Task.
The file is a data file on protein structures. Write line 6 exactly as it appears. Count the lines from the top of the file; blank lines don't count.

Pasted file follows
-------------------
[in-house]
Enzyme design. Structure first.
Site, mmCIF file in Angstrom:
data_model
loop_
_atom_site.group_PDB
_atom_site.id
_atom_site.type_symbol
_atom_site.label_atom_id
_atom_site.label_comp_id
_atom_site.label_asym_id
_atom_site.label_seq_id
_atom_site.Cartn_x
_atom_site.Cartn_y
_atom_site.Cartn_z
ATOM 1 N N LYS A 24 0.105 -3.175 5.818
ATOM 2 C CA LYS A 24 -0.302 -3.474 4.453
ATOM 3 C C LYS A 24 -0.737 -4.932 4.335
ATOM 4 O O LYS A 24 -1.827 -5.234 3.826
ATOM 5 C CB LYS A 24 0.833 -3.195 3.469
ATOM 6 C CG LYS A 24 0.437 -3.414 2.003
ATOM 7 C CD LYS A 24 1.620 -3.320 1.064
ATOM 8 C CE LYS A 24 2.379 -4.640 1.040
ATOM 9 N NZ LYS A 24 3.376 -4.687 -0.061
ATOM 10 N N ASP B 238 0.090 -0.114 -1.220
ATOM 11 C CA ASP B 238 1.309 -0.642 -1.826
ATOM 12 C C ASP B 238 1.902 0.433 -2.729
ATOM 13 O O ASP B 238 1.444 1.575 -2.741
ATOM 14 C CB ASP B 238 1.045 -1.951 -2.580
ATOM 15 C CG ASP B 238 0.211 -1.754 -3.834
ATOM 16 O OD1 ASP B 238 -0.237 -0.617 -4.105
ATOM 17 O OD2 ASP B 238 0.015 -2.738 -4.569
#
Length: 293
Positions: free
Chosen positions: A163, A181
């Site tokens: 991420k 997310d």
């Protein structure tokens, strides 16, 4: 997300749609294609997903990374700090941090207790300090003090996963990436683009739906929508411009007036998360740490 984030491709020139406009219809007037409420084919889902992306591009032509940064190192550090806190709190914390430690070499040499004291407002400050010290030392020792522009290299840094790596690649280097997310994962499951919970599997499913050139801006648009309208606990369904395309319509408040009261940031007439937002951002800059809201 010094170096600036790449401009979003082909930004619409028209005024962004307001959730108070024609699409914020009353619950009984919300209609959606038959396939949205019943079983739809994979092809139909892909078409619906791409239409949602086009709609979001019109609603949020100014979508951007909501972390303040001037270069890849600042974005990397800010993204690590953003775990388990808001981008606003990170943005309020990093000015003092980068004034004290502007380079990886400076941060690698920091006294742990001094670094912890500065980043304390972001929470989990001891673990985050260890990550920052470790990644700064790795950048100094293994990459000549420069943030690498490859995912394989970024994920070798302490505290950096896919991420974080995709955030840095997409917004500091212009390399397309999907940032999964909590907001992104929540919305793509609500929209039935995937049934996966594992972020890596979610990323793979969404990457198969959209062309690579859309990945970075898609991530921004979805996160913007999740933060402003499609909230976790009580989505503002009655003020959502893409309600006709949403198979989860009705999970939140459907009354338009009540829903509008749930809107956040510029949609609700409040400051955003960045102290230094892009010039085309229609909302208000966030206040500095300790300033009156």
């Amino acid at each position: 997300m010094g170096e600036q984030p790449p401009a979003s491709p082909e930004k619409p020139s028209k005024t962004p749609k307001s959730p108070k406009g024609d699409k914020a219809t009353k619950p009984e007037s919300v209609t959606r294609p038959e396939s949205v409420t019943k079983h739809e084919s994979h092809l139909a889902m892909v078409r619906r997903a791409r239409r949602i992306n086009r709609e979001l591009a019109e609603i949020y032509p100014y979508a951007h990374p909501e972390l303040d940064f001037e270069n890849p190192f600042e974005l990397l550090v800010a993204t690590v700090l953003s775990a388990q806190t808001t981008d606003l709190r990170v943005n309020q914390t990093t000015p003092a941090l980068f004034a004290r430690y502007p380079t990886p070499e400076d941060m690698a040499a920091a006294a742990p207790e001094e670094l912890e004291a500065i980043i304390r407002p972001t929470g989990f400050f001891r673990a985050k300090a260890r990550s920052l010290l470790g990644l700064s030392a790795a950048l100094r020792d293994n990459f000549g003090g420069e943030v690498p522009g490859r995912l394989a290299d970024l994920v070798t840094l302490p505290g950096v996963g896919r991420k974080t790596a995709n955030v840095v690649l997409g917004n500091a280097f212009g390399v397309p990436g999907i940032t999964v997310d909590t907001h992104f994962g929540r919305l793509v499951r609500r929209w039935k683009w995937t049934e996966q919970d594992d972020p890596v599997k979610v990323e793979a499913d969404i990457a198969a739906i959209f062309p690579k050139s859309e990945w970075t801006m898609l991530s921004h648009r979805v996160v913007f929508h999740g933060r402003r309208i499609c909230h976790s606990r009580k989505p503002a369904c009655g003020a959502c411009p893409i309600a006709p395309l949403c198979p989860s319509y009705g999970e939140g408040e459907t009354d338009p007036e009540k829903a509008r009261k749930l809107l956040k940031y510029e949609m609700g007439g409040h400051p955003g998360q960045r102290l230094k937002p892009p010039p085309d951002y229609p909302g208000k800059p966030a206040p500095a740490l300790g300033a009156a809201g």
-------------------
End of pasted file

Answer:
_atom_site.group_PDB